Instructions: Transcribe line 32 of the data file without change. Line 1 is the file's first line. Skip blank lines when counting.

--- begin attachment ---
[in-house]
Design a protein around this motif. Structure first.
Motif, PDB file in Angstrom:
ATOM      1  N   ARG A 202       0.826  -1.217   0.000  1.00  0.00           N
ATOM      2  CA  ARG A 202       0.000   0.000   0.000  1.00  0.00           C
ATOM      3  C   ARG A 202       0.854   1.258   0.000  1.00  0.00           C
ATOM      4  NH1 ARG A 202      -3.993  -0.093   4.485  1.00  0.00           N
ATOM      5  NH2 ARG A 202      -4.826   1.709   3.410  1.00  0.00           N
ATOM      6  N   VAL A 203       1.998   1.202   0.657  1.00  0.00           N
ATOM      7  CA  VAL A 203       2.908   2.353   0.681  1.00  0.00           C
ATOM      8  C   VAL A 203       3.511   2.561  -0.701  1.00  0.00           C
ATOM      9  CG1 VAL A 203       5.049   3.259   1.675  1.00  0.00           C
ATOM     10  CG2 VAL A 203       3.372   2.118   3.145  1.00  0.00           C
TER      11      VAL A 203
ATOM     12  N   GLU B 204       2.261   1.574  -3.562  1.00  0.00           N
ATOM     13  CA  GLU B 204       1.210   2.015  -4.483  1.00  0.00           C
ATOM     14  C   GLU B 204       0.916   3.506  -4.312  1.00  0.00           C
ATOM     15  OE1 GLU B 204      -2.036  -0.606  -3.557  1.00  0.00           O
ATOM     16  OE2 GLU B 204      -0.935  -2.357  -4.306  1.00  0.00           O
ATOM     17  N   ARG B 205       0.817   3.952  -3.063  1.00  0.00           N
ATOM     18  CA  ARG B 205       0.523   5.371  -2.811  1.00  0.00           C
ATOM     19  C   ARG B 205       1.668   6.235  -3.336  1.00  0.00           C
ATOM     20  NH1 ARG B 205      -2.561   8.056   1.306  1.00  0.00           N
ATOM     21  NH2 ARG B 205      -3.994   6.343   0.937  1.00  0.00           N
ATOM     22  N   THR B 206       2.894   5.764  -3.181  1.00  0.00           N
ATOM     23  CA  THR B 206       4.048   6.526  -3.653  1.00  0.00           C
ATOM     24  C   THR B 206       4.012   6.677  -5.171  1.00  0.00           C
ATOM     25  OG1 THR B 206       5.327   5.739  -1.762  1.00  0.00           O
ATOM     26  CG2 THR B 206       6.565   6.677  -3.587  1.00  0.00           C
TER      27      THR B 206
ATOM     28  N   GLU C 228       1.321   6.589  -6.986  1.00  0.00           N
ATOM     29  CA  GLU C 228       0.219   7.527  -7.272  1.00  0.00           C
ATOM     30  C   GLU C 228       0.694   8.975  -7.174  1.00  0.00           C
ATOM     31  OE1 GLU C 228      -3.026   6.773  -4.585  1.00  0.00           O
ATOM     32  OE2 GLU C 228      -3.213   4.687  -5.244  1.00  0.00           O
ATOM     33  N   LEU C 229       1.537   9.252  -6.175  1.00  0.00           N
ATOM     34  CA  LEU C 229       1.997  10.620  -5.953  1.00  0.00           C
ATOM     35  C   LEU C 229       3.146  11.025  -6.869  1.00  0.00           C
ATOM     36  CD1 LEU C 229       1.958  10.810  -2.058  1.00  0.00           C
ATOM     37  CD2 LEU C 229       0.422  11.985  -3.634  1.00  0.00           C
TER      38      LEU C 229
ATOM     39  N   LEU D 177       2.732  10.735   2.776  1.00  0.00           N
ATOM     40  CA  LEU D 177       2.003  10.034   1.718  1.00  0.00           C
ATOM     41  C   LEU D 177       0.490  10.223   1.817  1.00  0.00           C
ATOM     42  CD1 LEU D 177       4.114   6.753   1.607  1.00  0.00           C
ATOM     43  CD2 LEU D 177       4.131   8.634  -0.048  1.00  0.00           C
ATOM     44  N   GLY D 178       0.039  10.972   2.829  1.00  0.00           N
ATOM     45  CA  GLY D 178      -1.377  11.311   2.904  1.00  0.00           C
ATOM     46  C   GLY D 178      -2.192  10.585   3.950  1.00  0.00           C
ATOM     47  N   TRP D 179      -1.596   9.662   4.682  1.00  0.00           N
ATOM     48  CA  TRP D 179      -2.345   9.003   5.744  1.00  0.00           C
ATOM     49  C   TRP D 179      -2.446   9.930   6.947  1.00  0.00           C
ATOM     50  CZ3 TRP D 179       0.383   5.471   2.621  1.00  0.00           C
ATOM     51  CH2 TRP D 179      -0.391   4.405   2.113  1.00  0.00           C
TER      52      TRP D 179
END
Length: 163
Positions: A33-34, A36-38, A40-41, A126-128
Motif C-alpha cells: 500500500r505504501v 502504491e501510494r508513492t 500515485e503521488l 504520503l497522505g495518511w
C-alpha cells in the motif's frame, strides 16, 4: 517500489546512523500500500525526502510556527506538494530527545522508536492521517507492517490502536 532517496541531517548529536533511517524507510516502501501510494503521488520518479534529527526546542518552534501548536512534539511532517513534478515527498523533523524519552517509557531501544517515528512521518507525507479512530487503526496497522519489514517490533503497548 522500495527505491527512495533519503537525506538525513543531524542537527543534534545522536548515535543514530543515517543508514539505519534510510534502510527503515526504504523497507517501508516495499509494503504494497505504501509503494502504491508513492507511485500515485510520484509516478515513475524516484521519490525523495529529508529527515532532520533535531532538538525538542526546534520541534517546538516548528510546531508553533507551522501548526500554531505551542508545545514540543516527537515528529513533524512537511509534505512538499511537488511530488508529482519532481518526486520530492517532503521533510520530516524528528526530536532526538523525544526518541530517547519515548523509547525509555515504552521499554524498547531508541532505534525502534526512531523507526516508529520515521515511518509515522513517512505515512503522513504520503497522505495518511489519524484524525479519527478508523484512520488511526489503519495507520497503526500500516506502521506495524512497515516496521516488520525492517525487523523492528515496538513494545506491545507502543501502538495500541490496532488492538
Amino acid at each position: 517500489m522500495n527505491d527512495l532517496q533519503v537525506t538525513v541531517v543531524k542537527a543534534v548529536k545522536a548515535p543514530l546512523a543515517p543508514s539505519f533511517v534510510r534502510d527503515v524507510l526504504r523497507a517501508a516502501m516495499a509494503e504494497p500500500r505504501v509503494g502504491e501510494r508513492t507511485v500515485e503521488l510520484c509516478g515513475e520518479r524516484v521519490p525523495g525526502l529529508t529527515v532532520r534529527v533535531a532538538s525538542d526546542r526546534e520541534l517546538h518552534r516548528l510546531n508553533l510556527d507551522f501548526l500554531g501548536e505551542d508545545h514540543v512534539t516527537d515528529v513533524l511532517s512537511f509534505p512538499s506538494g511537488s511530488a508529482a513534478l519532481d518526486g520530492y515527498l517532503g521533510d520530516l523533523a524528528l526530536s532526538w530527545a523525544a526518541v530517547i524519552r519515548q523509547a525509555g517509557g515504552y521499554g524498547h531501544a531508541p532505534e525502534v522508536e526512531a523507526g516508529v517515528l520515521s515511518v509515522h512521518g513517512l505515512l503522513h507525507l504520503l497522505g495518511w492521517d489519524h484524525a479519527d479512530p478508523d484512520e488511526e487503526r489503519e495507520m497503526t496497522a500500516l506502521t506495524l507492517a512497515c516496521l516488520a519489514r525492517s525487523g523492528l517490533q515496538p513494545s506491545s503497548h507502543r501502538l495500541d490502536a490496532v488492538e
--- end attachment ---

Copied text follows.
ATOM     29  CA  GLU C 228       0.219   7.527  -7.272  1.00  0.00           C